Tag: Political Grind

Lessons from Montana

By: Caleb Mills

Learning the hard way is not fun, but the lessons are all the more valuable for it. Particularly when it comes to politics, no one wants to lose and, yet, the losses are what instruct you as to what you did wrong, and how to do better the next time.

The May 25th, 2017, special congressional election in Montana provides such hard lessons. It reminds the interested observer that in American politics, voters are more moved by ideas than by ideologies, and that it is never wise to ignore the moderate center of the electorate.

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Women Rule – How They Took Down a King

By: Elizabeth Larkin Bouché

As inauguration day approaches and women ready themselves for the Women’s March on Washington, I am reminded of Europe’s most remarkable uprising of women against tyranny—The Women’s March on Versailles in 1789.

It was a major, dramatic event on a par with the storming of the Bastille. A food riot in Paris, led seven thousand women, transformed into an armed march to take flour from the king’s stores 12 miles away in Versailles. Revolutionaries seized the opportunity to join the women and forced the king to sign the recently composed “Declaration of the Rights of Man,” so ending his absolute rule.  The king and his entourage were dragged back to the capital as prisoners. It was a turning point in history, signaling a shift in power from the nobility to the common people.

The Women’s March on Versailles is a reminder of the power of popular protest movements. Following the election of Trump, and spurred by growing unease with our own Versailles-like oligarchs, similar protests are now cropping up at grassroots level in the United States. The Paris women were driven by famine; they and their children were hungry. Women today are mobilized by threats to hard-won advances made since the Enlightenment. The ordinary women who have organized the March on Washington are unleashing what is perhaps a primal and formidable maternal fury once again.

The comparison between revolutionary France and current events is not so far-fetched. Civil unrest in Paris was fueled by paranoid plots in the press and fake news. It was also the result of basic needs becoming unaffordable, market deregulation, widespread distrust of government, huge national debt, and deeply divided political opinions. One key factor was the staggering inequality of the ancien régime, in which the clergy and nobles, or first and second estates, held vast wealth and paid no taxes, while the third estate, or 97 percent of the population, were heavily taxed for foreign wars. The parallels did not escape the notice of “Time” magazine. Its person of the year cover featured Trump seated on a tawdry carved chair decorated with a fleur-de-lis, the symbol of the French monarchy. Indeed, Trump draws the comparison himself when he chooses to be interviewed while seated in a gilded throne in his French Rococo-style dwellings.

Considering all this, and with large numbers of women taking to the streets, it is interesting to look at what drove French women to insurrection at a powder keg moment in history.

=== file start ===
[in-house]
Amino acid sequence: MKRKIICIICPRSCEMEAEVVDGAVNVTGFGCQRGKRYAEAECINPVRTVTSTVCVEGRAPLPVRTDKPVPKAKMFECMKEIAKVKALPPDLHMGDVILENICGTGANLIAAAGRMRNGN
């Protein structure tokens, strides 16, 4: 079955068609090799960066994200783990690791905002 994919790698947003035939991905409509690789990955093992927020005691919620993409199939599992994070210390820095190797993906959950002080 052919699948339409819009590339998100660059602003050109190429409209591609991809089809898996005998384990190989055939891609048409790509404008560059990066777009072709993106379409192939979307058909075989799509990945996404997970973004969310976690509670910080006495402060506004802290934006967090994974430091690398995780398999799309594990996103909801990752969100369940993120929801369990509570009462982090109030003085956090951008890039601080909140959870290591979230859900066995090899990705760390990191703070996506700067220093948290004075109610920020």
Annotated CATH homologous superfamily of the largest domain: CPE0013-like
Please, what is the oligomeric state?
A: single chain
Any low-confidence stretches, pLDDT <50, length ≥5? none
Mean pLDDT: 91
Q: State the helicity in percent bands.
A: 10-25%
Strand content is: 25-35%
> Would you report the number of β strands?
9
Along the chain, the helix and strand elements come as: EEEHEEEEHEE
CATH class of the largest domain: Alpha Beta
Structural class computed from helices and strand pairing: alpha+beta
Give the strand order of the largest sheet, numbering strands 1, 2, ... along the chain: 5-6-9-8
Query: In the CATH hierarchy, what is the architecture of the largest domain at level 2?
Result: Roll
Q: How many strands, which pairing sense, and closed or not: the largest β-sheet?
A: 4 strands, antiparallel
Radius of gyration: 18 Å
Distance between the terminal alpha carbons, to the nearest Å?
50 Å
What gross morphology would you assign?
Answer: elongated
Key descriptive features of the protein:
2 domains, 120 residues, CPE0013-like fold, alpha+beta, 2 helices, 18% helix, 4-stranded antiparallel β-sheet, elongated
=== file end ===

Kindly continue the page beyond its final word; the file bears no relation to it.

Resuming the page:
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Life is More Binary than Fiction: A Writer Reflects on Political Polarization

By: Shannon Kirk and Political Animal

Shannon Kirk is a novelist, a practicing attorney and law professor in Massachusetts, and also an avid follower of politics. She, like many of us, finds Trumpian politics incredibly distracting. In a world where the President-elect is constantly saying new and outrageous things on Twitter, how are news junkies supposed to get anything done?

In a great column on The Thrill Begins, Kirk addresses this problem, and outlines the system she’s using to try to stay focused. We highly recommend reading the whole thing.

One particularly interesting point is her observation that our current political climate encourages people to sort ourselves into two hostile camps based on our political identity. From a novelist’s perspective, this is maddening. Depth and contradiction make characters believable–because human life is complex. So why are we so attractive to binary extremism in our political life?


The following Is an excerpt from The article originally published in The Thrill Begins:

A good friend has a great response to try to chill me out every time I get spun up about the current political environment: “Is this going to impact the happiness of your cats?” Meaning, is this really going to lead to something that will change your life in a catastrophic way? I wish I could have this outlook on politics. I used to. I used to be able to tune most of it out and concentrate.

Now?

I confess. I have a problem. I’m addicted. I am distractified by Trump. But since I acknowledge this serious weakness, I’m hoping to fight my way back to my old ways and not let him win. I have devised a system, which I include at the end. No idea if this will work.

The distractification of Trump has impacted my writing in three ways: To lose time. To wallow in the quagmire of arguing about the fallacy of binary extremism. To resist bullying.

Distractified by Binary Extremism (frustrating my notion of character development)

Let’s first set the table and acknowledge the objective fact that we are living in La La Land right now. Nothing is normal, and, yes, nothing is logical. If your objective is to disagree and say that things are logical, then you are trolling this article; please move on.[1]

The reason it’s easy for me to get distractified by all this is actually nothing new; it’s something that’s always been a gripe of mine, even before Trump—just now more acute and in my face every single damn day, and in alarming ways. It is indeed a core issue I try to battle in my writing: the pushing of people into simplistic, binary camps. Example: Your character is a scientist, so she must be an atheist. I battle this notion, I reject it.

Here’s where we are, I liken it to the Fruit Loops vs. Cheerios Political System. Each Fruit Loop represents a position on an issue, and each Cheerio its “opposite.” If you are on Team Fruit Loop, you MUST accept and agree and support all Fruit Loops, likewise with Team Cheerio. Never may a Fruit Loop cross-pollinate the Cheerio world, and NEVER EVER may a Cheerio contaminate a Fruit-Loop-protected zone.

This is a binary system.

This is bullshit.

We would never allow such simple sorting for fictional characters, so why is it being pushed in reality?

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What is “Fascist”? Umberto Eco on Ur-Fascism